A while ago, a certain woman suspected that her husband was having an affair and decided to confront him in order to lay the matter to rest.
The woman decided to enlist the aid of a female friend or relative (I don’t remember) to assist her in interrogating her husband over the allegations and so the pair took the man to task.
They questioned; interrogated, yelled, shouted, hurled insults; screamed at the top of their voices and generally caused a horrible racket as profanities and obscenities spewed out of their mouths.
The man decided to walk out of the room and the wife followed him pelting him with vulgar words and bludgeoning his ears with a constant stream of raw and abusive vocabulary.
He didn’t answer. He couldn’t answer.
In the face of this verbal onslaught – the man was rendered a mute, defenceless victim of the worst kind of demeaning, degrading and abusive attacks – the effects of verbal abuse have been known to render some men impotent.
He walked away because he knew that he was no match for his wife in the shouting stakes; that he was not equipped with the ability to wield his tongue as a lethal weapon to maliciously strip another person of any shred of human dignity they possessed.
That is the power of verbal abuse; the power to reduce a grown man into a dithering, cowering and fleeing fool.
As the verbal violence escalated, as the woman persisted in her attack, as the insults rained like an avalanche of blows on that man he kept walking and she kept following – then to defend himself he turned around and hit her.
Retaliating to the verbal violence through means he thought would be most effective – physical violence.
For the shredding of his sense of dignity – that man chose to attack his wife and with the rage, anger and emotion that had built up in him throughout the verbally induced assailing of his space, person and dignity – he beat her very hard.
Weeks later he was arraigned before the courts facing charges of contravening certain sections of the Domestic Violence Act; his wife was the complainant and she had a doctor’s report to back her up, some bruises and a few tears on standby should she need to invoke pity.
Yet, in all fairness, she was the aggressor, she had been the attacker, she had been the violent, malicious and vengeful provoker of a man who tried everything to avoid a confrontation, including walking the hell away!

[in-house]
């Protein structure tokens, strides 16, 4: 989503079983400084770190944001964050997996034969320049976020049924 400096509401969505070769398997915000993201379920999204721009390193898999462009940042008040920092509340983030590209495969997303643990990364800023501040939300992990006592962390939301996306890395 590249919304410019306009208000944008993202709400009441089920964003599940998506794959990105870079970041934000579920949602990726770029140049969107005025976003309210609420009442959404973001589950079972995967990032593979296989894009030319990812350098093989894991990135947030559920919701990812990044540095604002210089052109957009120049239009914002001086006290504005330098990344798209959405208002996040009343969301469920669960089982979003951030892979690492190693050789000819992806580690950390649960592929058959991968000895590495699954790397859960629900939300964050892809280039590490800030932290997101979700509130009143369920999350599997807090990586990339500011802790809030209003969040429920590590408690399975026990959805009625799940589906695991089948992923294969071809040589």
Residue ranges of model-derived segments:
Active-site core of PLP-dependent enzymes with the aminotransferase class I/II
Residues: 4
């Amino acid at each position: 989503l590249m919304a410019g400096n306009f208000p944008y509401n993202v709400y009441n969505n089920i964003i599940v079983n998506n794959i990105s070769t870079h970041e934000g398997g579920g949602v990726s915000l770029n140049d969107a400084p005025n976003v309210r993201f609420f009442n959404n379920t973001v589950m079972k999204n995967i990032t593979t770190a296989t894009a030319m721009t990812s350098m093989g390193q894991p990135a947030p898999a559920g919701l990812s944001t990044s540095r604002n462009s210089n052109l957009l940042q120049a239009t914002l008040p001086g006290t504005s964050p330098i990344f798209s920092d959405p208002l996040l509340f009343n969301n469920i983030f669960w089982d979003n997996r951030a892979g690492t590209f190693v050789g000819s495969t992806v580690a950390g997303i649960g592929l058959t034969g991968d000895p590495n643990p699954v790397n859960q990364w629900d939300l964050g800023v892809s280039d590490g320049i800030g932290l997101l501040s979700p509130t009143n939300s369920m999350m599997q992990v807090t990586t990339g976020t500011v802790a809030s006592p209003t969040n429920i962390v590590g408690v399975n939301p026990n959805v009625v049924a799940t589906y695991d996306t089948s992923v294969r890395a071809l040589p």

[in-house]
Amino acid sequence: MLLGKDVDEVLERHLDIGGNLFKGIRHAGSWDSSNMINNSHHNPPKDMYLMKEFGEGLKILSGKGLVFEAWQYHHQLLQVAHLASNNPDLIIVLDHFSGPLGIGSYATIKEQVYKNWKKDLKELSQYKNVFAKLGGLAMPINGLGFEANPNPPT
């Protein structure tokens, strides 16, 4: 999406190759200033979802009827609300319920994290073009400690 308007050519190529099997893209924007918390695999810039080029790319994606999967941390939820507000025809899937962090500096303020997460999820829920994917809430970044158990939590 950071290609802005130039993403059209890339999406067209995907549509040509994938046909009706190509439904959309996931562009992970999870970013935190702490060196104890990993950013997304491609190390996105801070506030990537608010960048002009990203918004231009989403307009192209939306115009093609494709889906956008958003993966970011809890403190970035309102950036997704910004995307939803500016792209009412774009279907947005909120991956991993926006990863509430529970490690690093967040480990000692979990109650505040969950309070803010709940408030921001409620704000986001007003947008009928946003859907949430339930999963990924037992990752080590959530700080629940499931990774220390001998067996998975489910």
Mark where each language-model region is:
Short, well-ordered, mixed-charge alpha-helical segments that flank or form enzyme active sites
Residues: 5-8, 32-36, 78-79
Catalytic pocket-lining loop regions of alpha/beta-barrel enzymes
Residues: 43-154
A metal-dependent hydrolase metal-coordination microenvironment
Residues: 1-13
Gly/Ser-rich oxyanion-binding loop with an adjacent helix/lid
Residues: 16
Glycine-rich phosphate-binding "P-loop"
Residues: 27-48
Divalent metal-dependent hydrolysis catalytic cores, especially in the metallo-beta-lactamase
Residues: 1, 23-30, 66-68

If we are to apportion blame in the incidents of violence in homes and in society – women need to bear their fair share of it because so many of them just won’t shut up when it matters most.
Some months ago a dear friend and fellow blogger, Natasha Msonza blasted the Big Brother Africa All Stars show for what she perceived as the condoning of violence against men citing the eviction of Uganda’s Hannington Kuteesa after a physical scuffle with South Africa’s Lerato Sengadi.
Although the show has ended and although this opinion Big-brother-condones-violence-against-men was made in reference to an incident that has since escaped the minds of many – this blog post has haunted me since then because it rightfully puts women in positions of culpability both in initiating and deliberately provoking violent reactions from men through verbal abuse.
To me the only; silver lining in this unpleasant discovery is the knowledge that if women can accept part of the blame for the violence that our societies are immersed in – then they can claim the right to become part of the solution.
In acknowledging the blame worthiness of their own verbally abusive conduct; women can play a huge role in reducing incidents of violence and the surprising remedy is to learn to shut up unless they can communicate in a manner that does not demean, disrespect and disregard the sense of dignity of the people they are addressing.
Let’s not downplay the severity of verbal abuse. Some women have perfected the vicious art of verbally undressing their men to a fine art and sometimes they actually push and keep pushing – well stop it!
Shut up! No more verbal abuse, no more verbal violence!